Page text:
“What exactly is a medical toxicologist?” I have been asked this question by physicians and attorneys alike. The technical answer is that medical toxicology is a subspecialty officially recognized by the American Board of Medical Specialties. The American College of Medical Toxicology defines it as the field of medicine dedicated to the evaluation and treatment of poisoned and envenomated patients. This includes the adverse health effects of medications, occupational and environmental toxins, and biological agents.
(Dr. Stephen Thornton is board certified in emergency medicine and medical toxicology and is one of Vident Partners’ leading experts in those fields. For more information about him, see https://www.videntpartners.com/blog/2020/emergency-medicine-medical-toxicology-expert-witness.)
In this installment of my ongoing chronicle of sports-related litigation, https://www.videntpartners.com/blog/sports-law, I’m pleased to report on a recent decision that will be of particular interest to the baseball fans among our readers.
In evaluating a complex medical malpractice case, where review by one or more specialists could be costly, the plaintiff’s attorney may want a preliminary flat-fee merit review (sometimes called a screening review) to help determine whether the case is worth pursuing. We are pleased to announce that Vident Partners now provides this service. Our reviewer is board certified in internal medicine and has 38 years of experience in primary care, hospital medicine, quality control, utilization review and legal consulting. The fee is $850 for up to 4 hours of work, $350/hr thereafter. If you’v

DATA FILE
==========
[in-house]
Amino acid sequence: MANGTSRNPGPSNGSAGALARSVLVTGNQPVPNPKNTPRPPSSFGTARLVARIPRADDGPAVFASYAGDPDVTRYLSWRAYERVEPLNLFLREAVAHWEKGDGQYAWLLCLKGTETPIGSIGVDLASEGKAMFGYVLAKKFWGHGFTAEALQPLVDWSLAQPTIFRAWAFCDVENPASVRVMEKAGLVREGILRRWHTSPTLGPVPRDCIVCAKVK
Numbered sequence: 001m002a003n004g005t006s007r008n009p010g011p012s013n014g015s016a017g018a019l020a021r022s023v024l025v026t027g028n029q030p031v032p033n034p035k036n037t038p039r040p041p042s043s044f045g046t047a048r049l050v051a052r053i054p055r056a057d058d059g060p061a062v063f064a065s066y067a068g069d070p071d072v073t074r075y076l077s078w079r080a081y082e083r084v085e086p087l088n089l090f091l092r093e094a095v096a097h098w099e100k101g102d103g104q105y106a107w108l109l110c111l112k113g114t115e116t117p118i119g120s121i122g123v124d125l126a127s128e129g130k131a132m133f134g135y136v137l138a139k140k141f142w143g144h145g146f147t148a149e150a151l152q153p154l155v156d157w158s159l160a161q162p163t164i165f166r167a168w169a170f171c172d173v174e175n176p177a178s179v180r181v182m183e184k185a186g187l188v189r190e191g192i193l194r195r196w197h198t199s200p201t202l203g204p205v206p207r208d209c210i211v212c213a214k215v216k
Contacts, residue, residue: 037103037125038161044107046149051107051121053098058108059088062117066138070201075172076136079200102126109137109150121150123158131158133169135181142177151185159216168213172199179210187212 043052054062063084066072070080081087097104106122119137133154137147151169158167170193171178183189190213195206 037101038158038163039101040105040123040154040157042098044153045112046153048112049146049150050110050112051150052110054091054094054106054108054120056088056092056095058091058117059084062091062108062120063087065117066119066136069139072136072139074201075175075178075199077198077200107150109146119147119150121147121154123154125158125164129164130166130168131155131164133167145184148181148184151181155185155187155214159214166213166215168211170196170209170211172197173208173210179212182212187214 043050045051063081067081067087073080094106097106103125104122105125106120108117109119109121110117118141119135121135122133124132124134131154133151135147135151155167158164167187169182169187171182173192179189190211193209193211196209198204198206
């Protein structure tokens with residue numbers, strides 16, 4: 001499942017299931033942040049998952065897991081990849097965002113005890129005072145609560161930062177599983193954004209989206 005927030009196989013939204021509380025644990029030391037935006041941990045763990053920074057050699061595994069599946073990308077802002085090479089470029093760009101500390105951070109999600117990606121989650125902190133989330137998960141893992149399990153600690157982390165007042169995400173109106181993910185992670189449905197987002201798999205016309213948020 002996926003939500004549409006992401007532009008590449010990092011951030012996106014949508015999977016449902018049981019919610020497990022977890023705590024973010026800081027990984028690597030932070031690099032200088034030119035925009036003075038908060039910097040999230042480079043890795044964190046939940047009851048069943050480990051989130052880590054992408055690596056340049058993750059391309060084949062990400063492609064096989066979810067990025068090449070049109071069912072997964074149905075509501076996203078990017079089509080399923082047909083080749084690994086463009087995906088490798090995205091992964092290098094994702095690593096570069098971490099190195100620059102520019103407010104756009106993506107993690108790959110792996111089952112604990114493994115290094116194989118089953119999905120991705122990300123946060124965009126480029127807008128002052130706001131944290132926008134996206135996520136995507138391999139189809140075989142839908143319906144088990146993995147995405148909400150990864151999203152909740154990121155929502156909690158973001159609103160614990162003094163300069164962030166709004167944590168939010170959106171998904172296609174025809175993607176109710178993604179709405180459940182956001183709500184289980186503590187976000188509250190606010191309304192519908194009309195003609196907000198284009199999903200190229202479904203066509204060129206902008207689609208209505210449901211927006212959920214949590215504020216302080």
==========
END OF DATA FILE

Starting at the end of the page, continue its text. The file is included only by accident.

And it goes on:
This recently-filed sexual assault case resonates, for three reasons: the event occurred on an airplane, which, while not unheard-of and certainly underreported, is relatively rare (see https://www.star-telegram.com/news/local/crime/article238558198.html); it involves a reversal of the usual gender roles; and it’s an early glimpse of the approaching wave of coronavirus-related litigation:
As every trial lawyer knows, the admissibility of a vast array of evidence is committed to the trial court’s discretion. (Or “sound discretion,” as some appellate courts put it, though as far as I can tell it means the same thing.) Consequently, one of the unavoidably nerve-wracking aspects of litigation is that Judge A and Judge B might reach opposite conclusions on the admissibility of the same evidence, yet both rulings could be upheld on appeal because neither ruling was an abuse of discretion. So, without in any way denigrating the importance of our skill and experience in trial adv
One of our clients has a term for unusual or hard-to-find experts – he calls them “pink unicorns.” We became aware of this phenomenon some years ago, even before we learned that felicitous phrase, when a plaintiff’s attorney needed a dermatology expert for a complex case adverse to one of the most prominent and highly-regarded dermatologists in the United States. Dozens of experts refused the case before we found a well-qualified dermatologist (not a “professional expert”) who was willing to review it. The client was ecstatic, and obviously we were gratified to accomplish what he had be
Rule 702 of the Minnesota Rules Evidence provides that “[an expert’s] opinion must have foundational reliability.” This is the functional equivalent of Fed. R. Evid.
We’ve never blogged about a U.S. Supreme Court decision, though I did mention Feres v. United States in a post about recent legislation that created a long-overdue exception to the Feres doctrine – namely, allowing members of the armed forces to seek redress under the Federal Tort Claims Act (FTCA) for negligent medical treatment at a military facility.
There is a split in the circuits on the important question of whether a medical opinion can be false within the meaning of the False Claims Act (FCA).